Monday, December 10, 2012

Cranky At the Movies

ANNA KARENINA is one of my favorite novels. The first time I read it, decades ago, I was amazed at how completely Tolstoy captured a woman's feelings about passion, motherhood, the desire to both belong and rebel.  I still marvel at the skill and authenticity and scope of the novel.  Unfortunately, the new movie made from this masterpiece is an unholy mess.
The story is intact, more or less.  But everything that makes the novel great is missing.  Without Anna's interior complexity, without Levin's spiritual searching, without Tolstoy's ambivalent feelings for his own heroine (he wanted at first to make her completely unsympathetic and shallow, a Russian Emma Bovary, but was "led" as he wrote into greater understanding of his own creation), what's left is a pretentious soap opera.

I hated the staging, although I realize that not everyone agrees with me on this.  The interior scenes are all shot on a stage, in the wings of a theater, on the catwalks, in the dressing rooms.  The outdoor scenes are shot in a realistic way, outdoors on the steppes or in train stations (lots of train stations).  This is supposed to convey the artificial posing of Czarist society versus the honest openness of the country life.  Instead, it seems forced and tedious.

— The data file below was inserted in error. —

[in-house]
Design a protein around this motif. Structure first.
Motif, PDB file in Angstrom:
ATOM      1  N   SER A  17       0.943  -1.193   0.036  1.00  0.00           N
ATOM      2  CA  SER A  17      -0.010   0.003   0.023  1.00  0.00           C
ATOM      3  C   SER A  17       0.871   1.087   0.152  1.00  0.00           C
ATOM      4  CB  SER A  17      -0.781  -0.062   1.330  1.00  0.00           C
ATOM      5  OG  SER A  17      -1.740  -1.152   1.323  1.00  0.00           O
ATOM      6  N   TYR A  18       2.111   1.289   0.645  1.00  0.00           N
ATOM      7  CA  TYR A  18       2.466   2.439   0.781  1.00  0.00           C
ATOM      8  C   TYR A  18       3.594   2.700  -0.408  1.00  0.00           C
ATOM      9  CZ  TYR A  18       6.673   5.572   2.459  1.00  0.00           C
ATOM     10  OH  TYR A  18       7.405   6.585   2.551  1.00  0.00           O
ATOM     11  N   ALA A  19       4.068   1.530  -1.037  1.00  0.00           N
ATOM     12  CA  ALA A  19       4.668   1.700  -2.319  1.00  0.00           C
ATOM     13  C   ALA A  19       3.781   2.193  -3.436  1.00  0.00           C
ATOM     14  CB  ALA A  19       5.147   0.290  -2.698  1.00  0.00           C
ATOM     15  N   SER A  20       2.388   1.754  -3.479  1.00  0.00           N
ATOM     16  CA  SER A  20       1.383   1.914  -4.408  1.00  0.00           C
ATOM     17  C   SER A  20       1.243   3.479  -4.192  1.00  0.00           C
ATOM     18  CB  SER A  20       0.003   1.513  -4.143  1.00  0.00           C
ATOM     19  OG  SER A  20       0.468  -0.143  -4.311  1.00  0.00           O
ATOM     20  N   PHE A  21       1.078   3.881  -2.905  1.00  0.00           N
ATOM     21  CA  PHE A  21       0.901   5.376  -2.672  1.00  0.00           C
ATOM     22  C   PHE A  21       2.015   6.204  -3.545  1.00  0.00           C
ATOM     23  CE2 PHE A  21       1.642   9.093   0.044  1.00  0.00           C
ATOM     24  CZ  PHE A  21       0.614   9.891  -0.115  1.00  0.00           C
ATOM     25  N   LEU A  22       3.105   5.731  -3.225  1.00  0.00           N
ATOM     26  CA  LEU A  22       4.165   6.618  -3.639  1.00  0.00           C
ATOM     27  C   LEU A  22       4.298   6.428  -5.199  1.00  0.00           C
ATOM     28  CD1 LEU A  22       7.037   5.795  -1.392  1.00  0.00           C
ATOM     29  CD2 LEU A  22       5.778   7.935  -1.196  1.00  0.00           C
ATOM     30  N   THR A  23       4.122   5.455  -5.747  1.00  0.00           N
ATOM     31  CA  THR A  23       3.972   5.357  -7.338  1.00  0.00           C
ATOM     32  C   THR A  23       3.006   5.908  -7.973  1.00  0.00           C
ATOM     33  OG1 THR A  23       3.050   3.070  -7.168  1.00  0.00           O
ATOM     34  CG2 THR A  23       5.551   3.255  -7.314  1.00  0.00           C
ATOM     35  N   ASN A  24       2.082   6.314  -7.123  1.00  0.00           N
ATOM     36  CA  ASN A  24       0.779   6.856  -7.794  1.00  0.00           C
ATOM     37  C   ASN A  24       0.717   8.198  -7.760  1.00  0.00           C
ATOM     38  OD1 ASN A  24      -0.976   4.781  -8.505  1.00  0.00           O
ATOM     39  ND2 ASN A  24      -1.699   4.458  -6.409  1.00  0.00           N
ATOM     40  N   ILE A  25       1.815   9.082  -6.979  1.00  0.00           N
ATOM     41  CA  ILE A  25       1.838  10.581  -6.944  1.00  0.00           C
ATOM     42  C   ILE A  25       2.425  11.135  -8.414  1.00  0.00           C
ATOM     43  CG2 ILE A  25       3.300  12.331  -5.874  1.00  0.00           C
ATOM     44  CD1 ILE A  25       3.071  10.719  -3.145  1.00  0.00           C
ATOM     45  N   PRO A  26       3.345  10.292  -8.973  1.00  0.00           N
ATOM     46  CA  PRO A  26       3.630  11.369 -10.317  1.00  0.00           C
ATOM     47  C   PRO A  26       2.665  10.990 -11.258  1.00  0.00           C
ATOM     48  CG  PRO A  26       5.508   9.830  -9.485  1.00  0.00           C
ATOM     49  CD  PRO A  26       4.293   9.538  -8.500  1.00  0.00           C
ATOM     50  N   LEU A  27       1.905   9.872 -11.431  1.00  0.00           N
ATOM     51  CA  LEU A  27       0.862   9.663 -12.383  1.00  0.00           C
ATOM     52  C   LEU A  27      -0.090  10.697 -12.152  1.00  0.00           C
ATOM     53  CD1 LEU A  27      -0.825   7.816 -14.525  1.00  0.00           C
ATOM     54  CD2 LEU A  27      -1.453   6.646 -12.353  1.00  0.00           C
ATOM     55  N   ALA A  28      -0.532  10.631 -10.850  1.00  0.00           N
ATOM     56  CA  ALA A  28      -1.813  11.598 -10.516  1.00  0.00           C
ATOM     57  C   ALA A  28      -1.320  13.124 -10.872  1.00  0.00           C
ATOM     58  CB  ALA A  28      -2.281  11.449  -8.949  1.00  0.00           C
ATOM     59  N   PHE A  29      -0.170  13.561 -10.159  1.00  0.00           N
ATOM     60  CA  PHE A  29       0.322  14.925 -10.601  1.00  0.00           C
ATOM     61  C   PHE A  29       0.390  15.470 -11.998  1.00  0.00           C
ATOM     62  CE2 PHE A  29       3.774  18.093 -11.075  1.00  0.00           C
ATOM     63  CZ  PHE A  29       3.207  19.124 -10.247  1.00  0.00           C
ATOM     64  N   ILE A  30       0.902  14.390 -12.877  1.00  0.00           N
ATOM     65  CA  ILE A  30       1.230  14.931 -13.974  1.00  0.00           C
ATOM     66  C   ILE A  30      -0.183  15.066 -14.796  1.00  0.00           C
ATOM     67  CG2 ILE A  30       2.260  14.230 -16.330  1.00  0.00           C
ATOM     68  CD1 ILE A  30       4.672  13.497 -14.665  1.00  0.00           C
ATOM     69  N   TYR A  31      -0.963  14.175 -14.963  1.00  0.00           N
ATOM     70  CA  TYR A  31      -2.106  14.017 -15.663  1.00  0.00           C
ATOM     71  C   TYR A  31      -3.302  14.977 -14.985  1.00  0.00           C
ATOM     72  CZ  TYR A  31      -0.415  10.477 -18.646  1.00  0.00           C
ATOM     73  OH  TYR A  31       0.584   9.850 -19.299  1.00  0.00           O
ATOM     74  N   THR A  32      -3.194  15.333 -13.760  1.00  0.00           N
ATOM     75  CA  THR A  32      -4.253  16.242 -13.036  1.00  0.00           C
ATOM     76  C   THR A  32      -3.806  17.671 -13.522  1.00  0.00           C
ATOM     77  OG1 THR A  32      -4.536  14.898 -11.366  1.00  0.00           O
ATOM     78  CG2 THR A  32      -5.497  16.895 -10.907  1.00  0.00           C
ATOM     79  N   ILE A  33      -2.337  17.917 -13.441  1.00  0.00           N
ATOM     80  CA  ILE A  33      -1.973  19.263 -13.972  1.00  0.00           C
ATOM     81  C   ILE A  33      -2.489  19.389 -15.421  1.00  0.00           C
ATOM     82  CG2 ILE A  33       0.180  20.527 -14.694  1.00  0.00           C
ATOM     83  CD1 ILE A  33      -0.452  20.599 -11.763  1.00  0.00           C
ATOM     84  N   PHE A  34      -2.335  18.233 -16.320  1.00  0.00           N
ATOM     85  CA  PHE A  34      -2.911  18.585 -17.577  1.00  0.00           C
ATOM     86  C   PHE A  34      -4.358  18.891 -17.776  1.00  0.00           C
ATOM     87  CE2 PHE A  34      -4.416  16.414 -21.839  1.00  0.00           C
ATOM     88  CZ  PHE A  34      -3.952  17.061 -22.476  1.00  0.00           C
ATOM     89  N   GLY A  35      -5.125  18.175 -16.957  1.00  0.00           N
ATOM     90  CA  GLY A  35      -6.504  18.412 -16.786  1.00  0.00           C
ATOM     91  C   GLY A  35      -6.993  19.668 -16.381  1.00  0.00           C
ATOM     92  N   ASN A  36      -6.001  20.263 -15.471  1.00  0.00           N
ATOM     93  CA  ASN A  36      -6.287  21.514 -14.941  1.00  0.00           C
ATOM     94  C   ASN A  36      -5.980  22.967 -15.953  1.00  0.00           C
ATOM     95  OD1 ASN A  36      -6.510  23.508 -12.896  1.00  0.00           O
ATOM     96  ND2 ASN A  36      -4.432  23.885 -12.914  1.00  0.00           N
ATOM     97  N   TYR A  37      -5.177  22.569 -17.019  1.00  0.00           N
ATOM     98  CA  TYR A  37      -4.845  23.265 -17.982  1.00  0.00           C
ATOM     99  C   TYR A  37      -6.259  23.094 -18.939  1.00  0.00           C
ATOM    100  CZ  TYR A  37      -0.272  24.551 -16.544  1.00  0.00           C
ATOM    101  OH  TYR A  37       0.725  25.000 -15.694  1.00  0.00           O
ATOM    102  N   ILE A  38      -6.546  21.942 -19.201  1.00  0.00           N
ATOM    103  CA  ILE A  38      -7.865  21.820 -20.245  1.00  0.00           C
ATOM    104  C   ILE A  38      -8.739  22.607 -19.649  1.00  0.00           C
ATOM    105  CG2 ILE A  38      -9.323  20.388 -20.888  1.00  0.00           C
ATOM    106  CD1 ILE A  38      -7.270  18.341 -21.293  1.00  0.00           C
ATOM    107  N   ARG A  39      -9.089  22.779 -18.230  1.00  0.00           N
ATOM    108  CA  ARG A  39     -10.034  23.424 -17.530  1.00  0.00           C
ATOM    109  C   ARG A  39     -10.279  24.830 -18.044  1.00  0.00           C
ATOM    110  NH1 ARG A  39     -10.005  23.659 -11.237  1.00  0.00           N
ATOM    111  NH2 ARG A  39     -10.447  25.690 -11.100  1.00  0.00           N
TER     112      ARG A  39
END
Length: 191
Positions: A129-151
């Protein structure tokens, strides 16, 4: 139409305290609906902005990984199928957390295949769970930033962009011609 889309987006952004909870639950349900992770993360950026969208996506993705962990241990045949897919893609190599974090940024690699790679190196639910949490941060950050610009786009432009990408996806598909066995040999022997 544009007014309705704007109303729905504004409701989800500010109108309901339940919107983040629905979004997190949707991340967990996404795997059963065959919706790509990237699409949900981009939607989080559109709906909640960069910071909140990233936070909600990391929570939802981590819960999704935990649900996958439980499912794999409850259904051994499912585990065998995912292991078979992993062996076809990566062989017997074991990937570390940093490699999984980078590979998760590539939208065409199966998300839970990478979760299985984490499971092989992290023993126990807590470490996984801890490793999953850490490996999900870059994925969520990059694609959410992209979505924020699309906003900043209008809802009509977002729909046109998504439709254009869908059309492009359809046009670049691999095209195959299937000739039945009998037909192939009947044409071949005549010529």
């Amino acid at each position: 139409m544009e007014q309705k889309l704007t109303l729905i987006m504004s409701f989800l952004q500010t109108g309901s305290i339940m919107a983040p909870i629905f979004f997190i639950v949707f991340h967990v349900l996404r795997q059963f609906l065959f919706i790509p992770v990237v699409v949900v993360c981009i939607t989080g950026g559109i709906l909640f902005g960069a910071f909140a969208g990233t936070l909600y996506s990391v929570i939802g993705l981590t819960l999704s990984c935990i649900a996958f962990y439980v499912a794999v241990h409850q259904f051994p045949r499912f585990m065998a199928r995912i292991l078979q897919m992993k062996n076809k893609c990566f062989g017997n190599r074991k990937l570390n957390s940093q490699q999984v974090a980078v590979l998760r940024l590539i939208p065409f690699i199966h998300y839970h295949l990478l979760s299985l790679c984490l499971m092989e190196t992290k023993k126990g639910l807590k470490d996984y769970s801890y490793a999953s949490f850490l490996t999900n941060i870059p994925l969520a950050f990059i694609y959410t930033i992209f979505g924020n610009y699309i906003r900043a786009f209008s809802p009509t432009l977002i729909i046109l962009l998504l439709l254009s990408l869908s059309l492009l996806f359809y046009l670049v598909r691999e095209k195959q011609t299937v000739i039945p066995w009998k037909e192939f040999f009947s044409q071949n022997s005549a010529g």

The second, and larger, problem is the casting.  Keira Knightley was fine as Elizabeth Bennet in PRIDE AND PREJUDICE, capturing Elizabeth's playfulness.  She has the same mannerisms here, but Anna is not playful.  Knightley swings from one mood to the next but cannot show us the connective tissue that make Anna complicated but believable.  Even worse is Aaron Taylor-Johnson as Vronsky.  He looks about fifteen, and comes across as a spoiled, whiny Mama's boy, not a man willing to throw away the world for love.  There is no chemistry between them.  In fact, Vronsky is so flat and unappealing that my movie companion whispered to me, "She should have the affair with her brother--he's about ten times as interesting!"

Matthew Macfadyen is indeed good as Stepan Oblonsky, but the real star here is Jude Law as Karenin.  Not a particularly sympathetic figure in the novel, here Anna's cuckolded husband projects real anguish and complex doubt.  Two people I talked to later, who had never read the novel, thought that he was supposed to be the hero.

The other stand-out is the dresses.  The costumer should win an Oscar for Anna's gorgeous outfits.  If you go to the movies for dresses, then see this.  Otherwise, just read (or re-read) the book.

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